Finally, Iglesias said he believes that Monica Goodling — former counsel to Alberto Gonzales and the Justice Department’s liaison to the White House — holds the “keys to the kingdom” in terms of uncovering the roots of the U.S. Attorney purge, since she can describe the communication that took place between the White House and the Justice Department.
Yesterday the House Judiciary Committee voted to grant immunity to Monica Goodling, which prevents her from taking the Fifth Amendment to avoid testifying for fear that she would be convicted for her testimony.

The OSC "Hatch Act" investigation is one more front on which the White House has to defend itself. There are so very many fronts now. I am sure that Dick Cheney is having a lengthy "deja vu" experience returning to feelings he must have had in the embattled Nixon White House before Nixon resigned.

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posted by Richard @ 4:59 PM   0 comments
Glenn Greenwald dissects the Bill Moyers PBS report
Glenn Greewald does a really good job of telling us what we saw when we watched last night's Bill Moyers PBS special "Buying the War." I'll admit that I have been sitting here thinking "Yeah, I knew it was bad, but this bad?"

Greenwald takes the next step, which should have been obvious to me but wasn't until I read what he wrote:
Moyers' documentary is a superb piece of journalism and makes inescapably clear how profoundly corrupt our dominant political and media institutions were prior to the invasion. But most national "journalists" will simply ignore the whole program (as Digby notes, The New York Times, one of the principal culprits, did not even review it). [Editor - highlighting is mine.]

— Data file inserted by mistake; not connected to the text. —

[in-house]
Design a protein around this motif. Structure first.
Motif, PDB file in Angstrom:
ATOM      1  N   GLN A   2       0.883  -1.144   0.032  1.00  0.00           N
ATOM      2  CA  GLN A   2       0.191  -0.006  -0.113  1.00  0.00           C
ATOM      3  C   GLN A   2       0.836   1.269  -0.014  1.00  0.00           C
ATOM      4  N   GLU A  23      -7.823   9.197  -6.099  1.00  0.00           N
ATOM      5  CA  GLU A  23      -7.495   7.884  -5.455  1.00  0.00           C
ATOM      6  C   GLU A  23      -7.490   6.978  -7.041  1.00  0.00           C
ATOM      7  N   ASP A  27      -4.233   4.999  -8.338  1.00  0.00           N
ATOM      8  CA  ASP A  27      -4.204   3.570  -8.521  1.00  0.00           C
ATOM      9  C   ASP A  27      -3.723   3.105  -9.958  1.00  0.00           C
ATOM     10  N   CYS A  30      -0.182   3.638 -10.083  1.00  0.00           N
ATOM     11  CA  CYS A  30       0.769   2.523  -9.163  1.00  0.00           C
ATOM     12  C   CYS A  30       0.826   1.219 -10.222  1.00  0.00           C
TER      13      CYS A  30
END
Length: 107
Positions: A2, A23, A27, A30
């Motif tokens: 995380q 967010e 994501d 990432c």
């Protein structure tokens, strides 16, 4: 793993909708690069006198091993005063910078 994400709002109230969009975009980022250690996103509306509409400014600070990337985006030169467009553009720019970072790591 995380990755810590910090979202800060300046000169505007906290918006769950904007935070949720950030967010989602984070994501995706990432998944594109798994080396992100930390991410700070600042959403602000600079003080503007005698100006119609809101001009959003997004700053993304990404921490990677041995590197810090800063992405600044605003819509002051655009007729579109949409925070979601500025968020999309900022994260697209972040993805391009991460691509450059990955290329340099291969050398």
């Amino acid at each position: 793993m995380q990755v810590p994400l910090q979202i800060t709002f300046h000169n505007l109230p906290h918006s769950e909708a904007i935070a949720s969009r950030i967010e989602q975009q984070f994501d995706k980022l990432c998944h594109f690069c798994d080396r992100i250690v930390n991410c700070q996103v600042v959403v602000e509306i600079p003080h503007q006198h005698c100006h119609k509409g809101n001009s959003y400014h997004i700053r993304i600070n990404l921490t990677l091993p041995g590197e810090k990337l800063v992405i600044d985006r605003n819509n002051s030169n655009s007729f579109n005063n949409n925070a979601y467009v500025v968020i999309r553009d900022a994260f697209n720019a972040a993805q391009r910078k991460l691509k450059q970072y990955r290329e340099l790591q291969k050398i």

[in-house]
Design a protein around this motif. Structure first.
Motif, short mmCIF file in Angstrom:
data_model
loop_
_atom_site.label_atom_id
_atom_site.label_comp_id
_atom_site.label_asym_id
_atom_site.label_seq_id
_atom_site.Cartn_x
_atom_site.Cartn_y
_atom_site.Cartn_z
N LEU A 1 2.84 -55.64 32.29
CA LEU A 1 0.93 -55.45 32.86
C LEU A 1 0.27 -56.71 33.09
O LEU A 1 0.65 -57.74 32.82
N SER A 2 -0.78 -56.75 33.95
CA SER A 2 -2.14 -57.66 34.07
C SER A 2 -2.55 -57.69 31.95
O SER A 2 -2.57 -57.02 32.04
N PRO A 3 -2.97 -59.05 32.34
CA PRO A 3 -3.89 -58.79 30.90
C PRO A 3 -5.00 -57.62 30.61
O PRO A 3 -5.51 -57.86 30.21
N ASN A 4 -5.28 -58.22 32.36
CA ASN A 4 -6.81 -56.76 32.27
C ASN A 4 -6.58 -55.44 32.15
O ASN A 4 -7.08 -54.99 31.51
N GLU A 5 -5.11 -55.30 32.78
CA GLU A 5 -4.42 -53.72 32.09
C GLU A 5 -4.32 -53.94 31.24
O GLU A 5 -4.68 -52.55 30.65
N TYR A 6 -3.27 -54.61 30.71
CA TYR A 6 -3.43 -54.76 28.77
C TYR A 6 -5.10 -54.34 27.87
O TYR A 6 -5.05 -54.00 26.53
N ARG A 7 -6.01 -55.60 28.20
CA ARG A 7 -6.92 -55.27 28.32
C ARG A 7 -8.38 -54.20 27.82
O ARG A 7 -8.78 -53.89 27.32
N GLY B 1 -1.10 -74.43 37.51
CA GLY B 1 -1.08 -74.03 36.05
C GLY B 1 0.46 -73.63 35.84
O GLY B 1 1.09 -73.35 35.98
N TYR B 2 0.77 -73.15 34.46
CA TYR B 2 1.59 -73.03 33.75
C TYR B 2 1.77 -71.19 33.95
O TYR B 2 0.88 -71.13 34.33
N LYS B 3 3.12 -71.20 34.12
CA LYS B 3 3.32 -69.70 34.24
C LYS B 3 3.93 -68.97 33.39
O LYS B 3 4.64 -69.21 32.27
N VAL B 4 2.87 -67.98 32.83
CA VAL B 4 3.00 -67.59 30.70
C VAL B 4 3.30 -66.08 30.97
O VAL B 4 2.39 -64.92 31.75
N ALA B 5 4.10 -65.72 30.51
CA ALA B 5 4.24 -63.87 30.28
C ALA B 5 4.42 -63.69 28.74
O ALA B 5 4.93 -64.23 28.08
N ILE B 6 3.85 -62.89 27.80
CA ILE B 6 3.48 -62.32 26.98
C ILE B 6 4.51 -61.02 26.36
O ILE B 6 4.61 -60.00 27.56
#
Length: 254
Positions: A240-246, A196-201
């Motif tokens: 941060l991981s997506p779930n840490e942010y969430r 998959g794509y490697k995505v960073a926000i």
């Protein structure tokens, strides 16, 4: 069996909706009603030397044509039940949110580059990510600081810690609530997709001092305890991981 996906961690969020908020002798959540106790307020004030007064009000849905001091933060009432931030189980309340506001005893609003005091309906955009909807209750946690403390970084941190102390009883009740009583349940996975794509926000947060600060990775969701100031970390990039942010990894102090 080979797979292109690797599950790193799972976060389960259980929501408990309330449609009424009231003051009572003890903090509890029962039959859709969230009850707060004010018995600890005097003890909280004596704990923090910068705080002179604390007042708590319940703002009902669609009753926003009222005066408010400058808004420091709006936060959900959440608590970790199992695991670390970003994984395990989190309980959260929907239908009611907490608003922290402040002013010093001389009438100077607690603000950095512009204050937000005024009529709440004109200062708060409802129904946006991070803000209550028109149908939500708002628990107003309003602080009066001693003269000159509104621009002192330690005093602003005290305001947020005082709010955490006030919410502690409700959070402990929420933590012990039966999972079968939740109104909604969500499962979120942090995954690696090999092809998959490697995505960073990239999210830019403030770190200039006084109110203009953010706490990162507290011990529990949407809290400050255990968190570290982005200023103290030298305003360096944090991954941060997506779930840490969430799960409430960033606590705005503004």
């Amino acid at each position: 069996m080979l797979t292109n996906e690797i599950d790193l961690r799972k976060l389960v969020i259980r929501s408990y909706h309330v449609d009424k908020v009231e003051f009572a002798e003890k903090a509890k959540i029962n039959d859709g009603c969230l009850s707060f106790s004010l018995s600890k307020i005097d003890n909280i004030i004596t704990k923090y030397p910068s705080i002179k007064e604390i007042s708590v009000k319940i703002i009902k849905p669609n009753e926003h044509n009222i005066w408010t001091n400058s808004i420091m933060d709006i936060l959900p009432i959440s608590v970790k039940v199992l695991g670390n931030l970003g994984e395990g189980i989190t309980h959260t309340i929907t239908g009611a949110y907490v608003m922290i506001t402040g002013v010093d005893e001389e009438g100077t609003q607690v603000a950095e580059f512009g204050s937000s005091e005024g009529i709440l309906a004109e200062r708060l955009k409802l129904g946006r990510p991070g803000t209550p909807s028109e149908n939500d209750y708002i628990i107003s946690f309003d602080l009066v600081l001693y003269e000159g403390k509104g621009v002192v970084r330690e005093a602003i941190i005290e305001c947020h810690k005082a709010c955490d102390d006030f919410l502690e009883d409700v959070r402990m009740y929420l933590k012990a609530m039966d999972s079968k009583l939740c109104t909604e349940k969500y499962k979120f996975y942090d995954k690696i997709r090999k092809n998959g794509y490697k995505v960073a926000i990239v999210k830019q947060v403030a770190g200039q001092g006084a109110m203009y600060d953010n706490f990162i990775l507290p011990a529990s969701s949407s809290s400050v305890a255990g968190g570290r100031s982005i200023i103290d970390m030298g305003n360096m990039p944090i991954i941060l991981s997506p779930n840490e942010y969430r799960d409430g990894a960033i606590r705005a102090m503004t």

Has America become so corrupt that it now subordinates the goals of building a better nation, better people and providing an environment of Freedom has become subordinate to greater money-making and building worldwide power? What has happened to the two century experiment in democracy on the North American continent?

Instead of a nation of the people, by the people, and for the people have we succumbed to the disease of Imperialist wars in support of an ever wealthier elite who gather all power to themselves? We have let them centralize control of the broadcast media and the daily and weekly print media. This gives the elite the wealth to rob the rest of us of any control of our nation.

So the wealthy American elite buy an all-volunteer military and send them on a fool's errand to occupy Iraq for the primary purpose of overawing the major oil supplying nations in the world. Control of the the flow of energy supplies allows those wealthy elite to gain greater power and wealth without spreading more than a minimum of that wealth to the mass of the people who actually create it.

Bush may have overreached himself when he has decided to ignore Congress and the American people in their desire to get out of the fighting in the Middle East. But why should he listen to the American People? He has the major media and the pundits on his side?